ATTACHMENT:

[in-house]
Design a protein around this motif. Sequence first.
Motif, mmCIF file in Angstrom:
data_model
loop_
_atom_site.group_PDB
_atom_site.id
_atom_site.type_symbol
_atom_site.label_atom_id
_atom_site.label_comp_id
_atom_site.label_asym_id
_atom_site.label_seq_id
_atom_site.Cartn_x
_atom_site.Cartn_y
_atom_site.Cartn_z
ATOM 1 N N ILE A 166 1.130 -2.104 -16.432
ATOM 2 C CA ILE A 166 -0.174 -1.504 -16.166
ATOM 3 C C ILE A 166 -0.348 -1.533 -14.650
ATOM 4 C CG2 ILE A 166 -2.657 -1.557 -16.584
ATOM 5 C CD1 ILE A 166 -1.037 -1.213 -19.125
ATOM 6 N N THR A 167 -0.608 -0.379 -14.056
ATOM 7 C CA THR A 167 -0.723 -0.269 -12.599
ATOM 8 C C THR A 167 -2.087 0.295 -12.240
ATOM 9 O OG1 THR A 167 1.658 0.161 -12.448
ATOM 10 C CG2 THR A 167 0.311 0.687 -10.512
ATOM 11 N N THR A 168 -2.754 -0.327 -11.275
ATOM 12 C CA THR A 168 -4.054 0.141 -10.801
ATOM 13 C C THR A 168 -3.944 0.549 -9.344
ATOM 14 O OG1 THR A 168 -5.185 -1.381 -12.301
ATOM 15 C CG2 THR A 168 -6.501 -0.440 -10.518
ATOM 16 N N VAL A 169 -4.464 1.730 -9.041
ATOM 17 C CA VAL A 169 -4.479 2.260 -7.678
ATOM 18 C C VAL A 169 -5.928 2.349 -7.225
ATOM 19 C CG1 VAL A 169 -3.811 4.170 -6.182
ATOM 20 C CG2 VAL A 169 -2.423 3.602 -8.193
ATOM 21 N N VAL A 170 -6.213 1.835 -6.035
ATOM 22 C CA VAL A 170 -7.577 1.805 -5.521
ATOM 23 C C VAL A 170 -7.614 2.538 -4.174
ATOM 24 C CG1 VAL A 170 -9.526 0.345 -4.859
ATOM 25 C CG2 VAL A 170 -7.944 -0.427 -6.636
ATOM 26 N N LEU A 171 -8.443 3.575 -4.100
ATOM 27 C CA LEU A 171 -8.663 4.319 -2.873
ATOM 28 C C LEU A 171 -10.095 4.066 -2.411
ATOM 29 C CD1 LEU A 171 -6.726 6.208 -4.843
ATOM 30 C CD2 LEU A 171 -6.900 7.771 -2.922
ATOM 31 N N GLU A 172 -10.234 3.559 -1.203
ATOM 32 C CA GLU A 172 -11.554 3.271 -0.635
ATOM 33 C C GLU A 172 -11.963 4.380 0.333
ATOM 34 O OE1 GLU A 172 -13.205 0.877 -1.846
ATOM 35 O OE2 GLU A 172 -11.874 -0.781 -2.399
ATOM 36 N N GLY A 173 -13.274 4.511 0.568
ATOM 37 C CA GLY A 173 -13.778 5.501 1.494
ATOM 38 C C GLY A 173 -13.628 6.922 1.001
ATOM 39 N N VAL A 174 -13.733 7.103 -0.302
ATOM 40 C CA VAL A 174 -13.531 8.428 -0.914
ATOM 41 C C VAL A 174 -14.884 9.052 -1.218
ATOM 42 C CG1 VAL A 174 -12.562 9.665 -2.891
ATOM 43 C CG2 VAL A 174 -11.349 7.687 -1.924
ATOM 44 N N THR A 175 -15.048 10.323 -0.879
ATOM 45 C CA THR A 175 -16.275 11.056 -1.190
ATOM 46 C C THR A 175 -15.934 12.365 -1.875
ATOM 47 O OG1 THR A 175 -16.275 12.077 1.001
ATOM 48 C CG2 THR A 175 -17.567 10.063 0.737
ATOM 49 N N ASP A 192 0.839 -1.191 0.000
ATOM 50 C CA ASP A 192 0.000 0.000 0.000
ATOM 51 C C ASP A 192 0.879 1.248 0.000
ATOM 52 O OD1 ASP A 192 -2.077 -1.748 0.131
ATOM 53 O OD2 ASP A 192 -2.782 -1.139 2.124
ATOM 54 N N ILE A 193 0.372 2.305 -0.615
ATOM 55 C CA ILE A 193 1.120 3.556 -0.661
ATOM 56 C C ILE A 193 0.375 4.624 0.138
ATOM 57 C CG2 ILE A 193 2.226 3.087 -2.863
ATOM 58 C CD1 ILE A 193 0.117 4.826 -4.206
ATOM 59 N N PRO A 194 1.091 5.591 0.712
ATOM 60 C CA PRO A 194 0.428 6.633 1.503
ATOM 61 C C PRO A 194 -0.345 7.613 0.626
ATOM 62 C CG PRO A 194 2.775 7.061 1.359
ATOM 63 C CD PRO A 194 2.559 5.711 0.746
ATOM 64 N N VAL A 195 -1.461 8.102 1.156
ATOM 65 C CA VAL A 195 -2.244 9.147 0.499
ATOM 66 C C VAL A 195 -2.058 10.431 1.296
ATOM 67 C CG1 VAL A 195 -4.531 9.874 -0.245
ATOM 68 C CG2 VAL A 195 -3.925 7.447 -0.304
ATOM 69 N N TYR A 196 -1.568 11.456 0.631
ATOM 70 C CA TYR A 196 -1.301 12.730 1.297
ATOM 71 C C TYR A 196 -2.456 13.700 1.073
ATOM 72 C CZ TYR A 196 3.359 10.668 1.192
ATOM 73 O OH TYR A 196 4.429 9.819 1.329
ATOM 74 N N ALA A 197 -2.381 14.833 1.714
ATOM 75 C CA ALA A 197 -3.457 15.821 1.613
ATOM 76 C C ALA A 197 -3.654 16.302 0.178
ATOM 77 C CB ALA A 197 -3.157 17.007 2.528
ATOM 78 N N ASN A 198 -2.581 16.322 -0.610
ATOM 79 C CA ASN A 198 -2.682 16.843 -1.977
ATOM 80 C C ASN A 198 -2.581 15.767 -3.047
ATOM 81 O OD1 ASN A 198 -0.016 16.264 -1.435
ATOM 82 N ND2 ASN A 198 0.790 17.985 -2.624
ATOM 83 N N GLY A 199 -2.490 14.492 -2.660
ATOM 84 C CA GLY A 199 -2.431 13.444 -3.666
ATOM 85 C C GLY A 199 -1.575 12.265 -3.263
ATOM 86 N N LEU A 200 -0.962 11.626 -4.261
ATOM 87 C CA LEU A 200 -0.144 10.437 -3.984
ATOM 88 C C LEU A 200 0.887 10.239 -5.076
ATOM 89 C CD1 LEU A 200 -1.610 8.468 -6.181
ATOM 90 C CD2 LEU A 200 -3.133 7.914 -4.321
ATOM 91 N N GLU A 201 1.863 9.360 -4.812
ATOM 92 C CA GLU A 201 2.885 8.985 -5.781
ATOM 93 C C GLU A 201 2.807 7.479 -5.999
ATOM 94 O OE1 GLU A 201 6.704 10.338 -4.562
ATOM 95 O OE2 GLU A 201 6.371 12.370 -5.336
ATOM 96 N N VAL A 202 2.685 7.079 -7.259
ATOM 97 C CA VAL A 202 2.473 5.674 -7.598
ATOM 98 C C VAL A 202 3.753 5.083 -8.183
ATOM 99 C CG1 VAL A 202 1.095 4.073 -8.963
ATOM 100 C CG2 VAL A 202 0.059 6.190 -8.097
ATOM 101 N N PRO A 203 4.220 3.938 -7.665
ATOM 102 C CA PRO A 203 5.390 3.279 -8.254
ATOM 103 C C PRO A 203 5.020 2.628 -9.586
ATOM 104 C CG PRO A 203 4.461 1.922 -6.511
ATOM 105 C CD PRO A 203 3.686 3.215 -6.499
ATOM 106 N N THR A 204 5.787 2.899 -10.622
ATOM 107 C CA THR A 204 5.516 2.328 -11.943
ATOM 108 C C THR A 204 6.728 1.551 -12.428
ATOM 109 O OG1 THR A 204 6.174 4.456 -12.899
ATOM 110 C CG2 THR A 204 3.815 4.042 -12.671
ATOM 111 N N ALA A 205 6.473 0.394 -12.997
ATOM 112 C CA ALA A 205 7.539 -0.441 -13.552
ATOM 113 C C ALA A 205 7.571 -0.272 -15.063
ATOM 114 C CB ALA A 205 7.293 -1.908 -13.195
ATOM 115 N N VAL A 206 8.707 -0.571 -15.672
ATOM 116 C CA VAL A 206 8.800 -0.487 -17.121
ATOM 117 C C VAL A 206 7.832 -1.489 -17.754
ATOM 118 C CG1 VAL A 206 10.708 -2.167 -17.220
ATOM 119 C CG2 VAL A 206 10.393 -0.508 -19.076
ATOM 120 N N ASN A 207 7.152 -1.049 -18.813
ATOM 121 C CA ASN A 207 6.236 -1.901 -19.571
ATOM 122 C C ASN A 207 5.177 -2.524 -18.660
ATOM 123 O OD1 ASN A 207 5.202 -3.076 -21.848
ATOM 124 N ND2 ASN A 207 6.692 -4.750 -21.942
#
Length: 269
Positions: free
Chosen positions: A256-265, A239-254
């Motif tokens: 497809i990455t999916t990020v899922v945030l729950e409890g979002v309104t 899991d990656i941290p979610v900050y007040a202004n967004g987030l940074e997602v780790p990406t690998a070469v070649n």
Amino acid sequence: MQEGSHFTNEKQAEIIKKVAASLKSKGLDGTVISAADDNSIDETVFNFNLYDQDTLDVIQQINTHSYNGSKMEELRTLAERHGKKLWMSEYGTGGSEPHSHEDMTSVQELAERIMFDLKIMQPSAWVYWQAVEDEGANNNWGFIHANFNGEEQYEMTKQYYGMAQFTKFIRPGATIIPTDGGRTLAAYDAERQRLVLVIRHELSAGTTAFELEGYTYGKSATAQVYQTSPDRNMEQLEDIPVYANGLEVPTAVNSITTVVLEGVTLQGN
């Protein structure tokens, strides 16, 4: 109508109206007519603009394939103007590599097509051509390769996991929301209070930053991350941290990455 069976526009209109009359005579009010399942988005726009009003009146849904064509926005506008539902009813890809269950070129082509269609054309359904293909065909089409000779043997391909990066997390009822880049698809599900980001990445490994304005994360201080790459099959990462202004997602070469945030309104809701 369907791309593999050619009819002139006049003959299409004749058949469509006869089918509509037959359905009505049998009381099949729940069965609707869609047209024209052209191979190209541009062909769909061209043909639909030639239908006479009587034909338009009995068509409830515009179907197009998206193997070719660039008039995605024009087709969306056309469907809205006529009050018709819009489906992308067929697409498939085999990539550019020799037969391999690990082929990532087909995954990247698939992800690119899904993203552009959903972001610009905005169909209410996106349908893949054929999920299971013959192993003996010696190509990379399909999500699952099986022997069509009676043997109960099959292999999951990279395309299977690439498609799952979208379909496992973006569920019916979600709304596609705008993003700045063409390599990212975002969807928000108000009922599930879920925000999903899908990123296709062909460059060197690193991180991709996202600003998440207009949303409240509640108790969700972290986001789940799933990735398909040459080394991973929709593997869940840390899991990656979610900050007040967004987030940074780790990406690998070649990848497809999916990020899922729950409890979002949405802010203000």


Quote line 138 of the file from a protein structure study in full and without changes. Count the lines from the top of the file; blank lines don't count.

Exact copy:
ATOM 123 O OD1 ASN A 207 5.202 -3.076 -21.848